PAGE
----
Scottish National Dictionary (1700–)

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RUMP, n., v. Sc. usages:

I. n. 1. In phr. and derivs.: (1) rump and stump, completely, wholly, in its entirety, to the very last piece or fragment (Ayr.4 1928; Ork., em. and wm.Sc., Wgt., Uls. 1968). Colloq. or dial. in Eng. See also Stump; (2) rumpie, rumpy, (i) a small crusty loaf or roll (See 1927 quot.) (Per., Dmb., Gsw. 1968); (ii) comb. rumpy-bum, of a coat; tailless, cut short; (iii) comb. rumpie-pumpie, a jocular term for copulation (Ayr. 1968); †(3) rumpock, dim., used as a nickname for a person whose queue of hair has been cut short. (1) Gall. 1824 MacTaggart Gallov. Encycl. 499:
Up rump and stump did Auchen burn, The lairdy and his ha'.
(2) (i) Gsw. 1849 Glasgow Past & Present (1884) I. 73:
Above the door is the date 1695, with a representation of the implements used in the Baker's trade, such as the oven, peal, and “rumpies.”
Cld. 1866 G. Mills Beggar's Benison I. 150:
Even “penny rumpies” in bakers' windows, were most inviting.
Sc. 1927 J. Kirkland Bakers' ABC 288:
Rumpy — An old Scottish name for a kind of small crusty loaf or roll, egg glazed, round or oval in form, and cut in small squares on upper surface.
(ii) Ayr. 1887 J. Service Dr. Duguid 29:
I can picture myself noo, — a sturdy wee dyvour wi' a bit rumpy-bum coat on.
(3) Slg. a.1790 J. Kay Portraits (1842) II. 107:
His queue was docked, from which he was ever afterwards named Rumpock.

2. A contemptuous term for a human being or an animal of inferior quality, “an ugly, rawboned animal”, esp. of cows (Bnff. 1866 Gregor D. Bnff. 146). Poss. a deformation of Runt, id. Sc. 1729 Ramsay Poems (S.T.S.) III. 107:
But Bess the whig, a raving rump, Took figmaliries, and wald jump.

II. v. 1. In phr. to be rumped up, to have the brim of one's hat turned up at the back. Phs. fig. from the action of pigeons in setting up their tail feathers or from the rump or bustle of a lady's gown. Sc. 1714 Chrons. Atholl and Tullibardine Families II. 161:
Rothes, Hadintoun, and rest of the Squadron, gott hattes laced with whyt silver galoun, which they termed Hannoverian Hatts, so severall other zelotted gentlemen followed the like example, and some putt an H in the cock; so this day all our street caddies were rumped up in the like order.

2. To dock the tail of an animal. Also in Eng. dial. Slk. 1699 Edb. Gazette (26–29 June):
A Bay Mare . . . rumpit on the Tail.
Edb. 1739 Caled. Mercury (18 Jan.):
A Light Brown Horse, 14 Hands high, 4 Years old, new rump'd and very short.

3. To cut, clip or crop very short (Bnff., Slg., w.Lth., wm. and s.Sc. 1968). Also in n.Eng. dial. Ppl.adj. rumped, of hair: closely cropped (wm.Sc. 1968). Comb. rumping-shaft, “a rod used when the weaver has occasion to go to the warehouse for money, before so much cloth be wrought, past the mark, as will go round the beam” (Rnf. 1805 G. McIndoe Poems 12). Rnf. 1792 A. Wilson Poems (1876) II. 60:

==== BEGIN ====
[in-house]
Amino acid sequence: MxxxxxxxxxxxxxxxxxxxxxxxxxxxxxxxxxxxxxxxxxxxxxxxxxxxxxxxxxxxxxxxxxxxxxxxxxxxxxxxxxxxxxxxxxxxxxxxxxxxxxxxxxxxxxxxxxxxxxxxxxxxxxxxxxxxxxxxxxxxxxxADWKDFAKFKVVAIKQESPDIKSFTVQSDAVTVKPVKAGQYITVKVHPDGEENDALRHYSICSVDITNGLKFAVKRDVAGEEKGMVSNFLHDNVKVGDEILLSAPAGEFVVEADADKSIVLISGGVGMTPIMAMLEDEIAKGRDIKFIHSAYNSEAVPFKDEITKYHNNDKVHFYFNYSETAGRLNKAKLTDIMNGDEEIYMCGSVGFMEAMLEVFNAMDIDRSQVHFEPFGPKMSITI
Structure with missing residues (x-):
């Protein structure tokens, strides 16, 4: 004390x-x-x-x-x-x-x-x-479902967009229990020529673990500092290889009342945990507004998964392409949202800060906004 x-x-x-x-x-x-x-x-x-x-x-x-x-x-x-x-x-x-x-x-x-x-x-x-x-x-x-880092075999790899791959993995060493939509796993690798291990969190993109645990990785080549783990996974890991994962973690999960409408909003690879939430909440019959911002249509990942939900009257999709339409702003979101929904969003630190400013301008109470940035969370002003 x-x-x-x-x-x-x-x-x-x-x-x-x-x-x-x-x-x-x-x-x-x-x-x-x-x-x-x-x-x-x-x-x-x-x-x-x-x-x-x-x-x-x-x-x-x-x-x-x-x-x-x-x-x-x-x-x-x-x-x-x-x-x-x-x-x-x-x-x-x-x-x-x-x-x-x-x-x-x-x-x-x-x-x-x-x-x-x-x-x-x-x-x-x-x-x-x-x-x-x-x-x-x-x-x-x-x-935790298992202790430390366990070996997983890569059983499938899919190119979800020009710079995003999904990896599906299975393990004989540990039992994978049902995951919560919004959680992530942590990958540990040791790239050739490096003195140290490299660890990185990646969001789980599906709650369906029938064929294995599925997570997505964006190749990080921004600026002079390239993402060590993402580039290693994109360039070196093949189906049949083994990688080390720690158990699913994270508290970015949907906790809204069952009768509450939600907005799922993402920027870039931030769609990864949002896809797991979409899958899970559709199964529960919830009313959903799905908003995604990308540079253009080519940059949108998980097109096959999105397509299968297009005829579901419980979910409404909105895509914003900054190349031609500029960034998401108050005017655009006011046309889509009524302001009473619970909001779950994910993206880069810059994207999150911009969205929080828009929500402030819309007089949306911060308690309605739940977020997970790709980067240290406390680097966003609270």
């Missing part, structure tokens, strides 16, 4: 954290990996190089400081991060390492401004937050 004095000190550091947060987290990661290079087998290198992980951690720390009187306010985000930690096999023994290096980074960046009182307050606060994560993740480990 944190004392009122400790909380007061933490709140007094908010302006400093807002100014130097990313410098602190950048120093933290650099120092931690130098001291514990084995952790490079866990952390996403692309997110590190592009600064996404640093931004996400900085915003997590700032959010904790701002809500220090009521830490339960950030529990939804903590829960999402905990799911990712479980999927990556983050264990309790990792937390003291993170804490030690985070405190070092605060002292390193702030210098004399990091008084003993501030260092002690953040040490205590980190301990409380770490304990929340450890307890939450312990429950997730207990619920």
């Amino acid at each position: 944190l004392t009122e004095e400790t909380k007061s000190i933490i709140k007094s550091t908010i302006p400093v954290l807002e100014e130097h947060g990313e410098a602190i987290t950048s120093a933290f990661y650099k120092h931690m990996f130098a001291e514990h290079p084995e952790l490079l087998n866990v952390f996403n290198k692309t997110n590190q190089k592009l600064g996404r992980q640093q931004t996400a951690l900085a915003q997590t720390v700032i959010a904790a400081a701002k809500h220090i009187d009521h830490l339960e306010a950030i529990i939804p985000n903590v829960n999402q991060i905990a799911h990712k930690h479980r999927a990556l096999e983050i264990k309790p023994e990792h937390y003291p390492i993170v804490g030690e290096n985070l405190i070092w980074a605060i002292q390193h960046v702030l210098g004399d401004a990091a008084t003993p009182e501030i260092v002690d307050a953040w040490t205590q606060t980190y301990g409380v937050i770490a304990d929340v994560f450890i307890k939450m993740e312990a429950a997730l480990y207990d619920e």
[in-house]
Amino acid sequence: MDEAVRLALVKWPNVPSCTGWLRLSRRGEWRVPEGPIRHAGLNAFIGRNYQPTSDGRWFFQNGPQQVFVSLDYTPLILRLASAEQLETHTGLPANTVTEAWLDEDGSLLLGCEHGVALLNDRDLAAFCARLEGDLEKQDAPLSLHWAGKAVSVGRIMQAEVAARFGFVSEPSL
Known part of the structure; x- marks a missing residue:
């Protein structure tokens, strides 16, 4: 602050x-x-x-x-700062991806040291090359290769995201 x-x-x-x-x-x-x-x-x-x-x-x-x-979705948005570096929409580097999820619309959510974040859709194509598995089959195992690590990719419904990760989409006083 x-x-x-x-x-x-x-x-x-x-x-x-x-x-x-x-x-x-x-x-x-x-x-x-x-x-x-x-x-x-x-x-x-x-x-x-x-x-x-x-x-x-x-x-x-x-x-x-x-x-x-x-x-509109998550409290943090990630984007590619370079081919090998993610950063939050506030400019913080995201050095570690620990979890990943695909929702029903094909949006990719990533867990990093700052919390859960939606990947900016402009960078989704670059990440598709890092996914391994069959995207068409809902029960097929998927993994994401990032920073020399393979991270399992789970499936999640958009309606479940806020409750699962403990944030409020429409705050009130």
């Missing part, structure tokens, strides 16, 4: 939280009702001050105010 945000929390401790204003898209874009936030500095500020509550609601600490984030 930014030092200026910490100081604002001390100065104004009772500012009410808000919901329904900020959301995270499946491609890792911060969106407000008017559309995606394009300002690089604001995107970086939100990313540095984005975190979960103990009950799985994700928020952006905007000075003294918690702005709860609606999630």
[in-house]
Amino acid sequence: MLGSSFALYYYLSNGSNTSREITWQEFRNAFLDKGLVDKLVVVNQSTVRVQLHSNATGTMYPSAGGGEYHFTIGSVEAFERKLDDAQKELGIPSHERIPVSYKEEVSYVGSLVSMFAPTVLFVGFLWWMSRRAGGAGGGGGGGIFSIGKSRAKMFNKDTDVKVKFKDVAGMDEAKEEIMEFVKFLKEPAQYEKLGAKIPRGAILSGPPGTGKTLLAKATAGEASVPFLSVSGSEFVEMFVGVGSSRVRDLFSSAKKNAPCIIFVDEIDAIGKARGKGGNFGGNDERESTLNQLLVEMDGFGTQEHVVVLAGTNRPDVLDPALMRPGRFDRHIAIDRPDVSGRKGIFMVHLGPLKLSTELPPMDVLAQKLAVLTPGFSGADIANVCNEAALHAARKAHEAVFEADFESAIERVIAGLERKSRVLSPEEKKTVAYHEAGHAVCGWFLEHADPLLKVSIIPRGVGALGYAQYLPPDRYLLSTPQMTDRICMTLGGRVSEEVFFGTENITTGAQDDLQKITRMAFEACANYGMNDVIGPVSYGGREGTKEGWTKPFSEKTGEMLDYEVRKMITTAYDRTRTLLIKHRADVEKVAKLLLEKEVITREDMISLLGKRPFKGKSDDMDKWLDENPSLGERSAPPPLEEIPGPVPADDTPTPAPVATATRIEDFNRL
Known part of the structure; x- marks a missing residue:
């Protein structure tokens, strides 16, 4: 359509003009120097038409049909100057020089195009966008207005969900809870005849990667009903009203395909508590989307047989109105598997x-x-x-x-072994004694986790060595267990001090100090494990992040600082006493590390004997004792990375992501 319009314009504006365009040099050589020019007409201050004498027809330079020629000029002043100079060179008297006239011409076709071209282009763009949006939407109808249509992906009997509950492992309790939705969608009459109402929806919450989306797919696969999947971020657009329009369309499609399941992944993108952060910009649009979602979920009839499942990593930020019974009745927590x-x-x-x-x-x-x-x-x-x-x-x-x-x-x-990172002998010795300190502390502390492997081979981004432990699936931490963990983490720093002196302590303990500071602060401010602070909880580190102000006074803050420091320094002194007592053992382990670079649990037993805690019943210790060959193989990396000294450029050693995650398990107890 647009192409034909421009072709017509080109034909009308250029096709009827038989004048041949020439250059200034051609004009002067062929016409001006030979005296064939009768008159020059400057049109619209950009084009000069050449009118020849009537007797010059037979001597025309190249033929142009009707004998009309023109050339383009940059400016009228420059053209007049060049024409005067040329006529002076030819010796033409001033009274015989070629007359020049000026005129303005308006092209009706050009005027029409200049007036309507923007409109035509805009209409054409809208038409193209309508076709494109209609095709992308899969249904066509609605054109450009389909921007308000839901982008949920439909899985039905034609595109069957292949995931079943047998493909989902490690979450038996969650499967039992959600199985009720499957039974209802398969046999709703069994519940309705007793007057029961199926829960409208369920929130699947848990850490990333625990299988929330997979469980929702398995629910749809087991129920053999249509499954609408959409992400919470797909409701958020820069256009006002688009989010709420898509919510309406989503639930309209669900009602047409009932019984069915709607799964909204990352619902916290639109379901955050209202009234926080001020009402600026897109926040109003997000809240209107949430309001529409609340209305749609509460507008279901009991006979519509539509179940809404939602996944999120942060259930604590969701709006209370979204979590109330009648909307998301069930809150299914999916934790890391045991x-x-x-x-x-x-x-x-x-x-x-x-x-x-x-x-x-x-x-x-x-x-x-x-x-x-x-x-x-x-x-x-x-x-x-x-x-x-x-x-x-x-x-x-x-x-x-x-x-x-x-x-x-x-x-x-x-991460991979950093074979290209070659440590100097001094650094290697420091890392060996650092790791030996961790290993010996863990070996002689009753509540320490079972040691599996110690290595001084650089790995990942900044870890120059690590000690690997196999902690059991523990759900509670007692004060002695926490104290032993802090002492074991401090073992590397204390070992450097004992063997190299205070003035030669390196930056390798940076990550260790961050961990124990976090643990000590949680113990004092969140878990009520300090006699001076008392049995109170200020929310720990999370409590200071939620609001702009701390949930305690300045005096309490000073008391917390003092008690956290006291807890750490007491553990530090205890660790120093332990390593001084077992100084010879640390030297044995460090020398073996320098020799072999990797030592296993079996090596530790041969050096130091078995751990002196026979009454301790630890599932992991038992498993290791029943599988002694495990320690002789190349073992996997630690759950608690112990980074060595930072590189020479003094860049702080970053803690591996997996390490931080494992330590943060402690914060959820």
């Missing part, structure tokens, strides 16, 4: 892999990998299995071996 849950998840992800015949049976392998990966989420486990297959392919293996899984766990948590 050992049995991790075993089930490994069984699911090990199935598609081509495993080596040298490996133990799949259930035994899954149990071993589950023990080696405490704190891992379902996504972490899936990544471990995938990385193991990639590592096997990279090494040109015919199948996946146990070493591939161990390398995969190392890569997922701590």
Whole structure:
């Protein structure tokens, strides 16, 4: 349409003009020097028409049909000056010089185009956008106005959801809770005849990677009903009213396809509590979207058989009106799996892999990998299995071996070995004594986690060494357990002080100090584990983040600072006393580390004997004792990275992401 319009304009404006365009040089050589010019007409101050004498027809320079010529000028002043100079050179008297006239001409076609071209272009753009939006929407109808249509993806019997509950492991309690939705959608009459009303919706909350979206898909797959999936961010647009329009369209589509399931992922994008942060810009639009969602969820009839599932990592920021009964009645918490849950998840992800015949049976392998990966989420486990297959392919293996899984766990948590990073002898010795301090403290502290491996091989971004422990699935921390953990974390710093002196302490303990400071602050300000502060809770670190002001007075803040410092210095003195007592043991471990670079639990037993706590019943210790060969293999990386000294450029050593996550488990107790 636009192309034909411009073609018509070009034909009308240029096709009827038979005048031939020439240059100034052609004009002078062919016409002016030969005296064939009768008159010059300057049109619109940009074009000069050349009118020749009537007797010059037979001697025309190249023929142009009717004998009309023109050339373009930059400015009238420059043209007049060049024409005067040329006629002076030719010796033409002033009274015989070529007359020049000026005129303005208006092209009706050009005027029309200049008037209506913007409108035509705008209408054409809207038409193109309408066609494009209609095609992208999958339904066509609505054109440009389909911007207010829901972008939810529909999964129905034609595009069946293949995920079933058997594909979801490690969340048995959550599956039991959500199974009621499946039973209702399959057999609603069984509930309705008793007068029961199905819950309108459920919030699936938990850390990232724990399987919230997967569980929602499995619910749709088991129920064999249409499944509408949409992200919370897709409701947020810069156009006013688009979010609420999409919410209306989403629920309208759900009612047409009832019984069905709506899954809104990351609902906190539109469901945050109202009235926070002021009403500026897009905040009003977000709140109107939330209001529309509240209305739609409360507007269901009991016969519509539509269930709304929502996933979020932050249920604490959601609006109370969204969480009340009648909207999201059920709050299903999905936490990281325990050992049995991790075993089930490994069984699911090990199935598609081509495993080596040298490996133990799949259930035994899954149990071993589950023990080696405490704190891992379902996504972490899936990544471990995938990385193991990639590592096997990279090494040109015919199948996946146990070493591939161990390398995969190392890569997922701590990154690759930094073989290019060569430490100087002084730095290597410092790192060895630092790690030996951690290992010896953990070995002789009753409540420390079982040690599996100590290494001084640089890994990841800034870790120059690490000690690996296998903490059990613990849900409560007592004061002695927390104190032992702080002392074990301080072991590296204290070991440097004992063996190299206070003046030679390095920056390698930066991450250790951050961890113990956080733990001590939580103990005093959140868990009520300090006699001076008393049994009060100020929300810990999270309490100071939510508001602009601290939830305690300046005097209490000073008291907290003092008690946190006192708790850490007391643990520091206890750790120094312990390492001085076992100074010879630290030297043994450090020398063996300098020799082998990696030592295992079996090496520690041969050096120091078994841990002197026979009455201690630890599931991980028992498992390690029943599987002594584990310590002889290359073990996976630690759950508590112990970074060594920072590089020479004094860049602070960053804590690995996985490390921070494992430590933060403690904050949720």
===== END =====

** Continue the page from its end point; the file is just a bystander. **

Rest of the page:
“Rump the petticoats and spots!” His Sharkship roared wi' vigour.
Edb. 1821 W. Liddle Poems 203:
Fu' weel they ken the cheese gets rumping.
Sc. 1901 H. Wallace Greatest of These 174:
What for did he daur to rump your bonnie heid like that?
Per. 1904 E.D.D.:
Take the scissors an' rump my head.
Abd. 1943 W. S. Forsyth Guff o' Waur 64:
Upon a steel the tousy loons would eagerly sit doon, And in a trice he'd rump them to the skin.
Rxb. 1955 Abd. Univ. Review (Aut.) 142:
A rumpit stock, my branches snedded.

4. To eat to the last scrap or down to the roots (Kcb. 1968). s.Sc. 1859 Bards of Border (Watson) 73:
To rump the shaws close by the roots Away frae Jamie's tatties.
Per. 1904 E.D.D.:
That rabbit has rumpit a' my Kale.

5. To plunder, rook, clean out of money, etc., expropriate, make bankrupt (Rnf. a.1850 Crawfurd MSS. (N.L.S.) R.53; Bnff., Fif., Dmf., Slk. 1968). Also in Eng. dial.; in marbles: to win from (an opponent) his complete stock of marbles (em.Sc.(a), wm.Sc. 1968); in gen.: to win all the prizes from, to trounce in a game or competition. Sc. 1815 Lockhart Scott xxxv.:
Most of the chateaux, where the Prussians are quartered, are what is technically called rumped, that is to say plundered out and out.
Fif. 1825 Jam.:
To deprive one of all his money or property; a phrase often applied to a losing gamester; as, “I'm quite rumpit”.
Clc. 1882 J. Walker Poems 293:
Turkey, gash'd wi' clours and scaurs, And rumpit o' her bonnie lands By ursine Caesar's plund'ring hands.
Lnk. 1890 J. Coghill Poems 86:
[He] wager't like a drucken fule He'd ‘rump' the squad himsel'.
Per. 1904 E.D.D.:
Ye've rumpit me the day, I havna ae saxpence left.

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"Rump n., v.". Dictionary of the Scots Language. 2004. Scottish Language Dictionaries Ltd. Accessed 17 Apr 2021 <https://www.dsl.ac.uk/entry/snd/rump>

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